Meet Yielders: the first Islamic digital leader to get FCA accreditation
London has long been a diverse melting pot of culture. Now, that diversity is starting to spread into the capital’s digital finance.
Yielders has this week become the UK’s first Islamic digital finance firm to be fully accredited by the UK’s regulator, the FCA.
And founder Ifran Khan is on a mission to put Muslim finance on the map.
What is Yielders?
The digital platform, founded in 2015, offers Sharia-compliant opportunities to invest in residential and commercial properties. Individuals can invest as little as £100.
Khan hopes to meet the needs of Britain’s 3m Muslims, while dispelling any myths that traditional Islamic finance is uncompetitive.
“British Muslims are probably the most under-served community for financial services,” said Khan, a chartered management accountant.
“This shows our commitment to a long term strategy in providing an honest, competitive and inclusive opportunity for ethical and Islamic crowdfunding.”
What makes Yielders Sharia-compliant?
The Sharia compliance is built on three fundamental principles, Khan told The Memo this morning: the principles of avoiding interest, avoiding uncertainty, and avoiding gambling.
Yielders does this by avoiding taking on unnecessary and risky debt. First it uses a pool of high net worth investors to crowdfund the initial properties (a bit like SyndicateRoom and Seedrs put together). These properties are purchased 100% in cash.
Then, once the property has been acquired and regular rent is coming it, members of the crowd are invited to invest.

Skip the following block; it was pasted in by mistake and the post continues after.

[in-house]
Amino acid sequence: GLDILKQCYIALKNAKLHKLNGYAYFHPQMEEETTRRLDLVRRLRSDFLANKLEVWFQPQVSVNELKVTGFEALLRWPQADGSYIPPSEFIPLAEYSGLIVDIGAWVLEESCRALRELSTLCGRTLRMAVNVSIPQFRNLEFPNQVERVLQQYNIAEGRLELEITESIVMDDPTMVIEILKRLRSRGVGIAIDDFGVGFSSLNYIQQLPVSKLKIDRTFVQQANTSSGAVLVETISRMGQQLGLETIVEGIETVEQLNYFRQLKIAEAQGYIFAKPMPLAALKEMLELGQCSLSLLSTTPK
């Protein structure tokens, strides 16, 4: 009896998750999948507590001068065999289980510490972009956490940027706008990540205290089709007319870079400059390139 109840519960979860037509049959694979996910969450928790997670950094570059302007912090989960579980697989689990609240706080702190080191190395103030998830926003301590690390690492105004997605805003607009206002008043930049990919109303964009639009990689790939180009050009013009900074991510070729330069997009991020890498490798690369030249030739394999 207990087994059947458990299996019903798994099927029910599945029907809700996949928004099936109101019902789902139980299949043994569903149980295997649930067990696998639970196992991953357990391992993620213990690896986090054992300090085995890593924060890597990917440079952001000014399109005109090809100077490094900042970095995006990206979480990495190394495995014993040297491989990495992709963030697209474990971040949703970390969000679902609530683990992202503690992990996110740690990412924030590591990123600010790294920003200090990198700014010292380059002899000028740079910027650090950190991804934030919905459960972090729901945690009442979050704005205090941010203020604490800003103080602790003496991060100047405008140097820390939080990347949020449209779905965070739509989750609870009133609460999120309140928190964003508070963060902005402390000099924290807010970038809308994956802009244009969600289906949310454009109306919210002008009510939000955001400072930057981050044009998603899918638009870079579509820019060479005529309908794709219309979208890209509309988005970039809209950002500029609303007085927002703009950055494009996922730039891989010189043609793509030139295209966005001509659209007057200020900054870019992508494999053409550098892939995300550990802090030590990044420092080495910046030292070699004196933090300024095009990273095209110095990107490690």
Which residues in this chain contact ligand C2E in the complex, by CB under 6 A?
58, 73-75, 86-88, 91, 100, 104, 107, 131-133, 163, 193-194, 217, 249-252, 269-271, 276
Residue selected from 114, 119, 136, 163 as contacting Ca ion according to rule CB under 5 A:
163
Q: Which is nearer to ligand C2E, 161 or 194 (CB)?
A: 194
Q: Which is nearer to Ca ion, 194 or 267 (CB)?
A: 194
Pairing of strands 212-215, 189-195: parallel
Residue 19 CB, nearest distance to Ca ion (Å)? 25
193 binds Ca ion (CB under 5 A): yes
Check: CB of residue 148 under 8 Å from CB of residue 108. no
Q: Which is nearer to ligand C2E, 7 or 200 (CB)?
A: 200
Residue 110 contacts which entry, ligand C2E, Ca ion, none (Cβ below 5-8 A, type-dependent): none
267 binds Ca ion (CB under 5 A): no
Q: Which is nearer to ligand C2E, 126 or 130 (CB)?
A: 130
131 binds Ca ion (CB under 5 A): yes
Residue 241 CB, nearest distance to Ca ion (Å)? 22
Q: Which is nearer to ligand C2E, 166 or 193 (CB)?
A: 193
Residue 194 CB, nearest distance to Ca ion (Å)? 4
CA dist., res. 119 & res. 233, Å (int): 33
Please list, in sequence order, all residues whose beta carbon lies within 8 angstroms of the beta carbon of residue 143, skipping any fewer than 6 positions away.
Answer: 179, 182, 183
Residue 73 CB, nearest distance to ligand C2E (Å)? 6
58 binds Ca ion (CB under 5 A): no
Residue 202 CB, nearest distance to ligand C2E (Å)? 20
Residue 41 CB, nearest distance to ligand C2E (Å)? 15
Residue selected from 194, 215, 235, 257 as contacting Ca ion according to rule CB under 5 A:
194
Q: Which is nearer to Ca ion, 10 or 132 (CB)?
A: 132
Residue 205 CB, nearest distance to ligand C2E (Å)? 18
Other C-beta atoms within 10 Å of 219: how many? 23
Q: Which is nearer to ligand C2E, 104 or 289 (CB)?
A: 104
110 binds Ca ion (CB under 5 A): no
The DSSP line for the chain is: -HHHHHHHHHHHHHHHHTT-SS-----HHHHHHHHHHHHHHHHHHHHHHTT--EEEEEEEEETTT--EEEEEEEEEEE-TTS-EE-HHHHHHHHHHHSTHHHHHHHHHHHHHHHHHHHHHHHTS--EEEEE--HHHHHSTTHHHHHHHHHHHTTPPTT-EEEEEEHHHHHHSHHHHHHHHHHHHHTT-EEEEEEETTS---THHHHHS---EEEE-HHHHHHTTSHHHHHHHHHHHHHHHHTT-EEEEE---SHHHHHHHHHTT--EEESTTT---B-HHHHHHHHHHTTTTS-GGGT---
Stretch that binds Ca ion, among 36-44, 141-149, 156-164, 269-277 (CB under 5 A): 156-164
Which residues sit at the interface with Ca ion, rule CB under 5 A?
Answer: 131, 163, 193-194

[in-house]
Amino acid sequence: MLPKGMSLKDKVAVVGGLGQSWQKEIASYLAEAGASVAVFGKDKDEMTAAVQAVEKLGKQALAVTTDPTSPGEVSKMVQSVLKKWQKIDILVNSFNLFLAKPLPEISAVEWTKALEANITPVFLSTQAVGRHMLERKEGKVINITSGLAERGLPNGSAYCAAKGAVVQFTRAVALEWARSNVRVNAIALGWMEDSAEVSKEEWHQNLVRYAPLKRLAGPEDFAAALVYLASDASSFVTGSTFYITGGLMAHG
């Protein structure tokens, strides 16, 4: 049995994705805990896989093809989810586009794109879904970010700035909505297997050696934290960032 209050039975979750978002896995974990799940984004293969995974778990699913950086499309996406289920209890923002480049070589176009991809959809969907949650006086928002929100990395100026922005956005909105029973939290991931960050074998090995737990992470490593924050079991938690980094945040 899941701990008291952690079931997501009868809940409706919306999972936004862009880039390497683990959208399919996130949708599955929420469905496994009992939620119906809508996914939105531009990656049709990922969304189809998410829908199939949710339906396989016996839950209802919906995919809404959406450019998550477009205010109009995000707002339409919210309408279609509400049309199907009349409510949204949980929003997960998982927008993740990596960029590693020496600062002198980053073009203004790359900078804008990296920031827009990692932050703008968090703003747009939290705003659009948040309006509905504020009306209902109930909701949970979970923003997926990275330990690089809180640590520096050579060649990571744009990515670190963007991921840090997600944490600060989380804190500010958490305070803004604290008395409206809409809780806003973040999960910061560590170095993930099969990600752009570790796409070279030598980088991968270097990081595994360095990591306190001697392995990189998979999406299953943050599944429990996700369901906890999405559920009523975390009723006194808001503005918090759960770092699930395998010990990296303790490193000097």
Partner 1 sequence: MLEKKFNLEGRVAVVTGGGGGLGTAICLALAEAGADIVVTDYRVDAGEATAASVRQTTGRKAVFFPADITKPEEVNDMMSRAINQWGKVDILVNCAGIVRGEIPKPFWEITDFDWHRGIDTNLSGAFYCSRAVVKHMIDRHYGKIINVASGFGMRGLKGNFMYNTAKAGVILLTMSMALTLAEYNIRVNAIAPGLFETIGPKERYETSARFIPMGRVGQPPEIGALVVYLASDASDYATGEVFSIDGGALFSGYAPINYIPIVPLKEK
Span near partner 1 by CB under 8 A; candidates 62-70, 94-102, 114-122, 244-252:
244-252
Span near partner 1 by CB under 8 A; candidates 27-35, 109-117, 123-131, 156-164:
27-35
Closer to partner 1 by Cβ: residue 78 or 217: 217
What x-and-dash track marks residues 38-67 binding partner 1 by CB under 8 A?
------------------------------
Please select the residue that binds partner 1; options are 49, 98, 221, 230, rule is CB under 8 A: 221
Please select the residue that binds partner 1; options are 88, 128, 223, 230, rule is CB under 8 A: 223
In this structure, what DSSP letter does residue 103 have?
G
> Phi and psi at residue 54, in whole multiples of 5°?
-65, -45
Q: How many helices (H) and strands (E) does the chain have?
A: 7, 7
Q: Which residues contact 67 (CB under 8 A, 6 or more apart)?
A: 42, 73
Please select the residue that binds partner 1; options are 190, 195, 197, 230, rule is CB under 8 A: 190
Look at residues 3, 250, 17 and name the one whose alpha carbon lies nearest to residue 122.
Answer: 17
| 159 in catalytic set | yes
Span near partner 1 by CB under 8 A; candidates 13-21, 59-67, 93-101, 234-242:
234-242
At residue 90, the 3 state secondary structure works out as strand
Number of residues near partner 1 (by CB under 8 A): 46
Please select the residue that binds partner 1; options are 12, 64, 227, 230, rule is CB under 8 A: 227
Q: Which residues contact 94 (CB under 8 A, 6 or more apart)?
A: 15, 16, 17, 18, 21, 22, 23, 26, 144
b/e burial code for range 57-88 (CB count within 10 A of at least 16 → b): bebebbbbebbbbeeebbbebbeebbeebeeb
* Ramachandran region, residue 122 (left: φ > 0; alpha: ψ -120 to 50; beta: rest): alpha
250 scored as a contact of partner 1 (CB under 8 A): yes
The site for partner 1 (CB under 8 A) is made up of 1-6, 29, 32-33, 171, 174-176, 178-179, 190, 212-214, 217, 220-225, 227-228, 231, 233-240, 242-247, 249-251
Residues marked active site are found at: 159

“Both parties in the transactions are aware of what it is they are getting themselves involved in, there are no unnecessary excessive upsides or unnecessary excessive downsides,” Khan explains.
“The higher net worth does not charge any interest, they are getting an income from the asset. The lower level gets rental income — if the rental goes up, they get an increase in rental income, if it goes down, it decreases. Likewise they get a share of any of the property asset appreciation if the asset goes up in value, it’s entirely linked to the asset with no relevance to interest at all.”
Yielders has also worked with the Islamic Finance Council to be accredited as Sharia-compliant.
“We had to transfer all of the language, processes and the contract terminology and present that to a Sheikh to understand and make a ruling,” Khan explains.
There are fewer cities where it is harder to get on the property ladder as London, and if Yielders can help people get started without the burden of a mortgage, that’s got to be a good thing.
For Khan, Yielders is also an opportunity for Britain to engage with the positive ethics of Islam.
“Sometimes, certain islamic terminology gets a bad press,” he explains.
“Yielders is an example for people to see the clear link between the ethicacy of Islamic principles, and how it looks after both parties, rather than it being a one-sided transaction.”
“The more we can have these positive messages in the press the better.”
The founder isn’t stopping at investments either, with hopes to expand Yielders to create an Islamic ethical borrowing solution, and eventually, a full current account.
We know that diversity breeds bright ideas.
Let’s hope London continues to embrace the bold, new and different.
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